Sunday, October 29, 2023

Waste not, wanted not

Not everyone prioritises their personal values, and some are probably only vaguely aware of what their personal values even are. A casual skimming of this blog would affirm that I’m not necessarily like most people, in many ways, and so it’s not a surprise that trying to live in accordance with my values is probably among the most important things to me. Over the past couple weeks, I’ve been trying something new to do just that.

Nigel and I had a shared passion to live as sustainably as we could, starting with what we we could do, then building from there. I’ve been giving a lot more effort to that, mainly because I can, but also because I try to live my life in a way that Nigel would be proud of—something I’d do if he was still alive, of course. Toward that end, I recently I tried yet another experiment in more sustainable sourcing of food. It had mixed results.

The story really begins back in June, when I ordered a box of avocados and lemons directly from a grower/supplier. It was successful—and stressful: The avos and lemons were really good quality, but it had far too many avocados for me to use without pushing hard. I gave a couple away, one went bad before I got to it, but the rest I managed to eat—usually smashed on toast, one way or another. Most of the lemons, however, ended up being used for cleaning after they were well past use as food. I didn’t order another box.

Well before that experiment, I saw Facebook ads for a Waikato-based company called Misfit Garden, something that was set up to:
…connect growers and consumers closer together to help fight billions of kilos of unnecessary food waste.

Instead of telling farmers what we want (which is how the food system usually works) we speak to them each week to find out what is already grown and what is needing a home.

In your Misfit Box you can expect the 'too big', the 'too small', the 'too misfit', as well as some damn fresh produce (the way it's meant to be!)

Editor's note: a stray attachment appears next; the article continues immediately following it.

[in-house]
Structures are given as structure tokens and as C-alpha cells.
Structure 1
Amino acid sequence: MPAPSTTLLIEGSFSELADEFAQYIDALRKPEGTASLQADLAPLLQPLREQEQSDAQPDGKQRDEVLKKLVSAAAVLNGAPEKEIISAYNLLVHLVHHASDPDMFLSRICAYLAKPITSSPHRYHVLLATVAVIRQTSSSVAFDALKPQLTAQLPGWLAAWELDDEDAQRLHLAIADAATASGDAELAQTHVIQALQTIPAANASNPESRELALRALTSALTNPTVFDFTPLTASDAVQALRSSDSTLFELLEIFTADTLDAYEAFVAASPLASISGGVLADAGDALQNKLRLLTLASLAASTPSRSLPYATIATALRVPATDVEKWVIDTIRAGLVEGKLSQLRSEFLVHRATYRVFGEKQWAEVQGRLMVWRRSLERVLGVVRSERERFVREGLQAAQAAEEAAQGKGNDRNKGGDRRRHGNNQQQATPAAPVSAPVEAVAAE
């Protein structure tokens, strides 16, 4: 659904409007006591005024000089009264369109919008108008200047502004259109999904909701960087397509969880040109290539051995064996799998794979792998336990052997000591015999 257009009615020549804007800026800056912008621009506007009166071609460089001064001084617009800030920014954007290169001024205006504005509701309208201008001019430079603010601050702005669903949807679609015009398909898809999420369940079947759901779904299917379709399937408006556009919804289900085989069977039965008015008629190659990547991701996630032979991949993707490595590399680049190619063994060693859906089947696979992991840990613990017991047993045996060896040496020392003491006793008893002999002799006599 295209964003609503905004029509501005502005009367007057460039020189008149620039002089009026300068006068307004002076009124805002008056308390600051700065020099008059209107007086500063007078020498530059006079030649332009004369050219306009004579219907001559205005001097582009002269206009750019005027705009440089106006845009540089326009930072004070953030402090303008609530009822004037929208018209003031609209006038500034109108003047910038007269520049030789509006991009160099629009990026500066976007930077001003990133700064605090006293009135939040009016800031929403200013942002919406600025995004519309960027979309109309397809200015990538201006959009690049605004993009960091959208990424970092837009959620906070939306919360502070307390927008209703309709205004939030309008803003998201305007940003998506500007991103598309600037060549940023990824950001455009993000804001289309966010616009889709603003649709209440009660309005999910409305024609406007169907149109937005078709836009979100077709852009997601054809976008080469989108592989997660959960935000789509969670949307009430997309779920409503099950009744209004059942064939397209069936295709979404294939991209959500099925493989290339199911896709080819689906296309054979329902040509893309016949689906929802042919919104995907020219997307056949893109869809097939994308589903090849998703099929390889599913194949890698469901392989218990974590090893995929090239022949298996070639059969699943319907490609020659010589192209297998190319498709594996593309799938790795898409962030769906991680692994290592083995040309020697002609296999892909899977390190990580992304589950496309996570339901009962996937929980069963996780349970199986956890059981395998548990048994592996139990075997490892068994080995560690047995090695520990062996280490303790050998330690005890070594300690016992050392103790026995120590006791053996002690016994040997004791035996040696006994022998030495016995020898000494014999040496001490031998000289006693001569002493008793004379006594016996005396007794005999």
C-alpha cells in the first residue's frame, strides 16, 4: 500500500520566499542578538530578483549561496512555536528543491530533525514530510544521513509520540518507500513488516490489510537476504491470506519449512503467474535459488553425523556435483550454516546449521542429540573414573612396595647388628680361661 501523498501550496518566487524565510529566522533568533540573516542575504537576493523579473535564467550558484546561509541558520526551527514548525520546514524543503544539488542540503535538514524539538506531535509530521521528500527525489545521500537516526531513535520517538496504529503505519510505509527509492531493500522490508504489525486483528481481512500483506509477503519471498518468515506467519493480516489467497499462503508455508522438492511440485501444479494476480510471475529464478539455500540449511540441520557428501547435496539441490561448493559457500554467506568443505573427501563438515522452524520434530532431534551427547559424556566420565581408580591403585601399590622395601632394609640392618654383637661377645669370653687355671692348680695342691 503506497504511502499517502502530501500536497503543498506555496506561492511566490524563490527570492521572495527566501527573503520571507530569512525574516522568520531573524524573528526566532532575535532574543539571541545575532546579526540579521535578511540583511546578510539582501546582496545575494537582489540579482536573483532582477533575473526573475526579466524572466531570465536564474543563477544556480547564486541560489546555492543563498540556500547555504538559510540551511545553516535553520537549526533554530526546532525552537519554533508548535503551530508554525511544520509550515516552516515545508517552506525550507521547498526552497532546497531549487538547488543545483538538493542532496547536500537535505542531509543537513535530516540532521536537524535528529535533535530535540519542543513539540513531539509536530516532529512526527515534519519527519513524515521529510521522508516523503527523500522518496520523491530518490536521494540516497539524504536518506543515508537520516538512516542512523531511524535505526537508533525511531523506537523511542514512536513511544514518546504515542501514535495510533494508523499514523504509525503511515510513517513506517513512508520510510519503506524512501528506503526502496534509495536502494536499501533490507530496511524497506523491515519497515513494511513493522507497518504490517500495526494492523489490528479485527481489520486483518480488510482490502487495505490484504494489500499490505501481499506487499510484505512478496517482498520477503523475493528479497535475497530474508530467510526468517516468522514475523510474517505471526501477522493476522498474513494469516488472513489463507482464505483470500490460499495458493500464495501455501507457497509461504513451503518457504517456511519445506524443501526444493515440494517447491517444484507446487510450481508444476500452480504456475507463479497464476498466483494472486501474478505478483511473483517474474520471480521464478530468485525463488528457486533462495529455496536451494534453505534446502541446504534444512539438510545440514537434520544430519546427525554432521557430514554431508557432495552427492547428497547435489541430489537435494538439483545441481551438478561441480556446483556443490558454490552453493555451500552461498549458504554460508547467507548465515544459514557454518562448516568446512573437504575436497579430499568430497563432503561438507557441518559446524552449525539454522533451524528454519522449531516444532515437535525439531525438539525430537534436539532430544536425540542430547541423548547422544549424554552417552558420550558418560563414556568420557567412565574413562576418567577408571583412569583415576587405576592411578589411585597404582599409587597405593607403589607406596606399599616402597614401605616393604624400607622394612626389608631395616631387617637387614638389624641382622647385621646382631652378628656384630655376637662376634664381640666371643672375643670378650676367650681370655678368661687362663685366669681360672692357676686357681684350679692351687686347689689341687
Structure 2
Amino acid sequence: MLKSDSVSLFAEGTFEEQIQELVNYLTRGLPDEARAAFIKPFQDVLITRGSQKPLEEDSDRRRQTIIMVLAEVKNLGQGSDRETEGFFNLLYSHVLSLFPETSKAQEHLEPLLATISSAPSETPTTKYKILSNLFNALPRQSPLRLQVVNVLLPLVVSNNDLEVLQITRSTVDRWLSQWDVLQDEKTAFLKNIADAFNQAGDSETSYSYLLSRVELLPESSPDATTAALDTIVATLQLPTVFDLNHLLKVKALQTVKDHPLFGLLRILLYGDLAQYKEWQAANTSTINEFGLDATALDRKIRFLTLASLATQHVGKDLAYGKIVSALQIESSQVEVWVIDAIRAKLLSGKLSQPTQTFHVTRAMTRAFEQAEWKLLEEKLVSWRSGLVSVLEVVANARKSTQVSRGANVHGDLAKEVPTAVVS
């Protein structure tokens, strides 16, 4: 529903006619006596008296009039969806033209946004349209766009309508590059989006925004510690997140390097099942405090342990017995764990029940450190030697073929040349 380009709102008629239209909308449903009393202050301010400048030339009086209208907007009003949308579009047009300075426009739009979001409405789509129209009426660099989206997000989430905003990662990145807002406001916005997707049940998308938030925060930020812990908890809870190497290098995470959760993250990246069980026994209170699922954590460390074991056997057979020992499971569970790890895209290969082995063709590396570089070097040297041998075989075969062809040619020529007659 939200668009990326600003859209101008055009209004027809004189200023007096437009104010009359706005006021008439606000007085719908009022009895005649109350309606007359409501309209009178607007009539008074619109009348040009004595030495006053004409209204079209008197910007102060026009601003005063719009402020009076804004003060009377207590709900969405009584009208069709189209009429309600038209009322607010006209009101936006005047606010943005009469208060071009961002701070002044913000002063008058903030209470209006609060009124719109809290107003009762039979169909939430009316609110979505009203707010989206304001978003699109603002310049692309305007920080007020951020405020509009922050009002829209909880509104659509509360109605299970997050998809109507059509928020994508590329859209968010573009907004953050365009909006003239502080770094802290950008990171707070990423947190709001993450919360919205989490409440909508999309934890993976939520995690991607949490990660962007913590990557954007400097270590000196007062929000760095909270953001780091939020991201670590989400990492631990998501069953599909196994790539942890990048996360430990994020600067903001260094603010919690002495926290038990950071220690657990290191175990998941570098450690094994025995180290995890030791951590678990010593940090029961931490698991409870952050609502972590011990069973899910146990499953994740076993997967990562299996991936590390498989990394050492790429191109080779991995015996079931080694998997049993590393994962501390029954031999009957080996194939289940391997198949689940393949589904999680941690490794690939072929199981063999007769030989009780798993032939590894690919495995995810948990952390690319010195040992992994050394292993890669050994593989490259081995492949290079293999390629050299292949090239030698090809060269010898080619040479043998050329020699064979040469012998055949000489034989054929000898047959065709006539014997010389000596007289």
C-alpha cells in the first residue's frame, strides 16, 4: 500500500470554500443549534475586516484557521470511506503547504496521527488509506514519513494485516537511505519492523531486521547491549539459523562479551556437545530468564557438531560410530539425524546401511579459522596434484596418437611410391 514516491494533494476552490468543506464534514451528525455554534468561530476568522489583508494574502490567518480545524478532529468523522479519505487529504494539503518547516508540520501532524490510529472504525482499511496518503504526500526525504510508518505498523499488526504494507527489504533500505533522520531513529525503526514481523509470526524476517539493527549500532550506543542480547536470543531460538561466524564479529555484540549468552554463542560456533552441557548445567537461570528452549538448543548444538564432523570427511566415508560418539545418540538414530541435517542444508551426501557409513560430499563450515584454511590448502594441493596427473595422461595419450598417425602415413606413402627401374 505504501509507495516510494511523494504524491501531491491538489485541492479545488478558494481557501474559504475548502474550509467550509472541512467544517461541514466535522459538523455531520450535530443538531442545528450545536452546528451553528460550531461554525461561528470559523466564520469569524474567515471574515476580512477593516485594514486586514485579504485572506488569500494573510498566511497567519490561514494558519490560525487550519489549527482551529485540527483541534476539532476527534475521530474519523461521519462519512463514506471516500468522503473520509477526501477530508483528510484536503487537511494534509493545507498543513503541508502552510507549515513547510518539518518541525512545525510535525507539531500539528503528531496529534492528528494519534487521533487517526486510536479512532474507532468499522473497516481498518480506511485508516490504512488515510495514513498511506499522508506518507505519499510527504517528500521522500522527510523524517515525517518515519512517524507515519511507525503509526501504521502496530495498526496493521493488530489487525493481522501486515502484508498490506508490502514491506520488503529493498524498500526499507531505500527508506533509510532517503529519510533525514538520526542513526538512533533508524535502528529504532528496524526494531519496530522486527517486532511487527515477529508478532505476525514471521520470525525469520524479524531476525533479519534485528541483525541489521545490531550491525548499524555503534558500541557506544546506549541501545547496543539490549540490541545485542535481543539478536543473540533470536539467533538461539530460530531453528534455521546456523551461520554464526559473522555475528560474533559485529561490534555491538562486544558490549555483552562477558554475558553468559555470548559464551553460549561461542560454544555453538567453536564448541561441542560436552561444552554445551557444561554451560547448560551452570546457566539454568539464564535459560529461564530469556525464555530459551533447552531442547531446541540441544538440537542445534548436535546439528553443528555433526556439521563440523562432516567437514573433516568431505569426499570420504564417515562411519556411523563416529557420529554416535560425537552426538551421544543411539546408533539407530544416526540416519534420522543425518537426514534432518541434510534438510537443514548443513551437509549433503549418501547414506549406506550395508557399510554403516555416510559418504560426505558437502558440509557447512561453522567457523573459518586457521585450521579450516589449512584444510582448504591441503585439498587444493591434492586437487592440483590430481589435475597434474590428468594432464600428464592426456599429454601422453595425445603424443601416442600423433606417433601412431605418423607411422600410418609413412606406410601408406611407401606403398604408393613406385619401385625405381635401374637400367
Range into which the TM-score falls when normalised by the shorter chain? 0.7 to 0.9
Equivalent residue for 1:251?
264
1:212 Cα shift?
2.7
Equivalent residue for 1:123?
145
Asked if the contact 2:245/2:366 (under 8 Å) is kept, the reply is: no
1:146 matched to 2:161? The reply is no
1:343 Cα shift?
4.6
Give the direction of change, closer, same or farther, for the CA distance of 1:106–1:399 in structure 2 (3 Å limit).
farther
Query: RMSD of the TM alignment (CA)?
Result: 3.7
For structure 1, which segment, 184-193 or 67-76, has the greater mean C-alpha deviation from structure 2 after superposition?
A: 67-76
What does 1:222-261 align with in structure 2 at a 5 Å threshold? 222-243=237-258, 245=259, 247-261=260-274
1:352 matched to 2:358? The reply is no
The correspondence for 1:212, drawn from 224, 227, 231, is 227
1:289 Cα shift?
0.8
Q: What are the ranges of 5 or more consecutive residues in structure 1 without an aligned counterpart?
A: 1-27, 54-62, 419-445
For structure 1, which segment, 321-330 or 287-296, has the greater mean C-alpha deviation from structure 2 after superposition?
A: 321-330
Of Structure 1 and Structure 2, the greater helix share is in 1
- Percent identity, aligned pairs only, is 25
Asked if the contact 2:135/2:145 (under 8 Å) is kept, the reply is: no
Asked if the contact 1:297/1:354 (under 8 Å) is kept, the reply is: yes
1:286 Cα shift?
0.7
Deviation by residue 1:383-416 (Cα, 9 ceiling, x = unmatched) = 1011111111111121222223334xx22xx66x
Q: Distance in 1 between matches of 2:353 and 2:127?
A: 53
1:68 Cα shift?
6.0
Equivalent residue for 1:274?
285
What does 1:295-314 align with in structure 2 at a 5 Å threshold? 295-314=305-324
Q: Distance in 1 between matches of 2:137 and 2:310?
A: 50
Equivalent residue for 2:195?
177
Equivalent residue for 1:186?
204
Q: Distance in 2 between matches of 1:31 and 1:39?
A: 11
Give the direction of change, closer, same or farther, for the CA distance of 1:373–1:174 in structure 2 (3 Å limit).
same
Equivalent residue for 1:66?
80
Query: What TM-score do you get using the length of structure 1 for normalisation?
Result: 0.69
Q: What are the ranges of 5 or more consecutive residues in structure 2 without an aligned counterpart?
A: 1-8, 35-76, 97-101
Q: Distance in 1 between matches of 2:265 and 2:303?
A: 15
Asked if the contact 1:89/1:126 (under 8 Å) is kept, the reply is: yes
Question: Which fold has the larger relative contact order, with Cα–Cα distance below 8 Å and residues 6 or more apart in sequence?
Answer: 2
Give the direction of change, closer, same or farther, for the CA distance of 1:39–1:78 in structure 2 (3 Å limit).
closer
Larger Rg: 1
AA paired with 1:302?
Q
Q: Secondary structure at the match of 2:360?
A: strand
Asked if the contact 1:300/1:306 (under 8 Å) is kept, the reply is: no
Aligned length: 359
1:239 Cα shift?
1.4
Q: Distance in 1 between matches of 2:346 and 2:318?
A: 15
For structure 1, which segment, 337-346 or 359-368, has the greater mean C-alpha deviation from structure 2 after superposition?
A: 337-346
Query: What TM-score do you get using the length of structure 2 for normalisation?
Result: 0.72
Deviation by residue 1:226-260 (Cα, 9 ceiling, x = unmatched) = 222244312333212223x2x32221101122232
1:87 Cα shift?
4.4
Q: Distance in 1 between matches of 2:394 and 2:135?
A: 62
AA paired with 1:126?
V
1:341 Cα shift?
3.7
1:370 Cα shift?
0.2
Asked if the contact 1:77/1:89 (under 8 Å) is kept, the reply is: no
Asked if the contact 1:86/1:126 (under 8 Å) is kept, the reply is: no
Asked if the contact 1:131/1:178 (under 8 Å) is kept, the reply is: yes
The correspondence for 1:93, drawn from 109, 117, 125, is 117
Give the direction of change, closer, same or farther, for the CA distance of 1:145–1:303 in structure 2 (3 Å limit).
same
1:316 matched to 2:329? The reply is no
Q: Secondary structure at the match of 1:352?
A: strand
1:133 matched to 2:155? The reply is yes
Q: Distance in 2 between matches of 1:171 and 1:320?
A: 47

Customers sign up to have a box delivered every 1, 2, 3, or 4 weeks, and can choose a “Mini Misfit Box” for smaller households, or a bigger one better suited to larger households. There’s also a seperate “Seasonal Fruit Box” that appears to be the larger sized box, and a small veggie-only box. Subscribers can also order add-ons, which vary from week to week, just as the box contents do.

I ordered the “Mini Misfit Box” on an every other week schedule (the photo up top is of the first box—Box 1—at the left, and this week's order, Box 2, at the right). I felt that getting a box every week would be too much for me, and getting one fortnightly might mean I’d get through one box before the next arrived. I’ve now had two boxes, and it didn’t work out quite as I thought.

The first problem I hadn’t considered is that they’d send things I was unfamiliar with, or maybe too much for me to get through before it went off. In the first box, there were two telegraph cucumbers, and I managed to get through most of one in salads, though I had to throw some of it away (sorry, put it into my compost bin). I used the other one to make cucumber relish, kind of out of desperation to use it for something before it started to rot.

Both boxes contained pears, something I haven’t had in maybe decades (Nigel hated pears—and cucumber, for that matter, so I never bought either). The pears from the first box are now getting to the point where I need to use them for, I dunno, something, or I’ll have to throw them away (sorry, into my compost bin). I did eat some the mandarins/oranges I was sent, though, so—there’s that?

Fruit was a mixed success, then, but so were the veggies: I don’t eat potatoes very often, but both boxes had them, and—much to my surprise!—I’ve managed to get through most of them. Onions are always nice to have, and the small “pickling onions” in Box 1 were actually perfect for the cucumber relish. The most recent box had two red onions, something I use once a week or two when I make red lentil dhal.

There were the new-to-me items, too. Last box, it was New Zealand yams, a native of the Andes which aren’t actually yams, but a member of the oxalis family. I don’t remember if I’ve ever had them before, but I’ve certainly never cooked any. So, I roasted them (the most common suggestion I got), tried some that way and put the rest in my red lentil dhal. I thought they were fine—didn’t wow me, and I was surprised at how sweet they were, but they were fine.

The box this week included an enormous bunch of silverbeet (our name for chard). I’m pretty sure I’ve had that before, but I’ve absolutely never cooked with it. I decided to use the company’s recipe for Silverbeet Soup (photo at the bottom of this post, with some chopped fresh coriander—a huge bunch of which was in this week’s box). It was a little more fiddly than I thought it would be, partly because—never having cooked with silberbeet before—I didn’t quite grasp how much of the stem needs to be cut away from the leaves (the leaves were added at the end), but I got there. For the final steps, everything is whizzed up and cream is added, making something that reminded me a lot of the cream of celery soup I made—except not quite as nice. It was fine—I just preferred the celery soup.